jump to navigation

Toba eruption deforested India 24 November 2009

Posted by admin in climate, current research, India, Indonesia, Toba.
Tags: , , , ,
trackback

The Toba eruption of ~73000 years ago is perennially fascinating: the world’s largest known Quaternary eruption, this event registered VEI=8 and had a global climatic impact that may have caused the near-extinction of humanity by creating a ‘population bottleneck’ (or perhaps not). The scientist behind the population bottleneck theory, University of Illinois anthropology professor Stanley Ambrose, is a lead author for a new study in the journal Palaeogeography, Palaeoclimatology, Palaeoecology (click here for the abstract) which explores further the impact of the Toba eruption and concludes that its effects were indeed wide-ranging and (crucially for the claim that contemporary human populations were dramatically affected) long-lasting.

The study looked at pollen from a marine core taken in the Bay of Bengal which includes ash from the Toba eruption and at carbon isotope ratios in fossil soil carbonates from directly above and below the Toba ash in three locations in central India. Both analyses indicated a change in the vegetation cover in central India after the Toba eruption, from forests to more open vegetation conditions with a predominance of grasslands. The change in vegetation suggests that significantly drier conditions were produced by the Toba eruption, and that those conditions lasted for at least a thousand years.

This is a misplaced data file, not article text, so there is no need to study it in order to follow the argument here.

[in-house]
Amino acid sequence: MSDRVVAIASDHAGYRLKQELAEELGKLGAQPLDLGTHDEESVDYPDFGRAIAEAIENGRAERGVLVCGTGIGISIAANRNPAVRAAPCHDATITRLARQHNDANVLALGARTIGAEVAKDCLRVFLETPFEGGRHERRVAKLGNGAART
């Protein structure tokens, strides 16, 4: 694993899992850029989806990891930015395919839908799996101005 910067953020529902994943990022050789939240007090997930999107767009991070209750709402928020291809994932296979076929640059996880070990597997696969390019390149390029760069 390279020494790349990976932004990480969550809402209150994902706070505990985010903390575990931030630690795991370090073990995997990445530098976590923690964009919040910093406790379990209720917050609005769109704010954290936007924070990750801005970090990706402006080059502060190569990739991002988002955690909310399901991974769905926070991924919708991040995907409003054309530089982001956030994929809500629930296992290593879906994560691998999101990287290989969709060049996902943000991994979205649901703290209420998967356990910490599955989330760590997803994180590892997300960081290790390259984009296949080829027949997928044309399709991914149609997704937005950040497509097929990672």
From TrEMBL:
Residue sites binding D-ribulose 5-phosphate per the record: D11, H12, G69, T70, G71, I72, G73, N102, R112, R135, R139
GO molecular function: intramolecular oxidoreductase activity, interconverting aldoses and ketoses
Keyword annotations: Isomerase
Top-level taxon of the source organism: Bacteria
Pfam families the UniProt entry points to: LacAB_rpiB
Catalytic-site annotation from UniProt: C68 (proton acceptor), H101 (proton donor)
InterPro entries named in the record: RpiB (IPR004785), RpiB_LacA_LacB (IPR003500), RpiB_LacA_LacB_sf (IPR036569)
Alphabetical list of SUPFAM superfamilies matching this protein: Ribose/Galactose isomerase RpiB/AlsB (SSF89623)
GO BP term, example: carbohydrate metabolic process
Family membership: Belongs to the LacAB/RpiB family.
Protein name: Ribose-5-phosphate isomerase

• Martin A.J. Williams, Stanley H. Ambrose, Sander van der Kaarsc, Carsten Ruehlemannd, Umesh Chattopadhyayae, Jagannath Pale & Parth R. Chauhanf, Environmental impact of the 73 ka Toba super-eruption in South Asia, Palaeogeography, Palaeoclimatology, Palaeoecology [article in press, corrected proof], doi:10.1016/j.palaeo.2009.10.009 (abstract)

Supervolcano eruption – in Sumatra – deforested India 73,000 years ago – EurekAlert, 23 November 2009
Supervolcano eruption in Sumatra deforested India 73,000 years ago – ScienceDaily, 23 November 2009
…. both of the above being essentially regurgitations of this University of Illinois press release.

The Volcanism Blog

Comments

1. bruce stout - 24 November 2009

fascinating stuff! The thousand year long dry period sounds extreme! It would be interesting to see what a few climatologists have to say about this.


Sorry comments are closed for this entry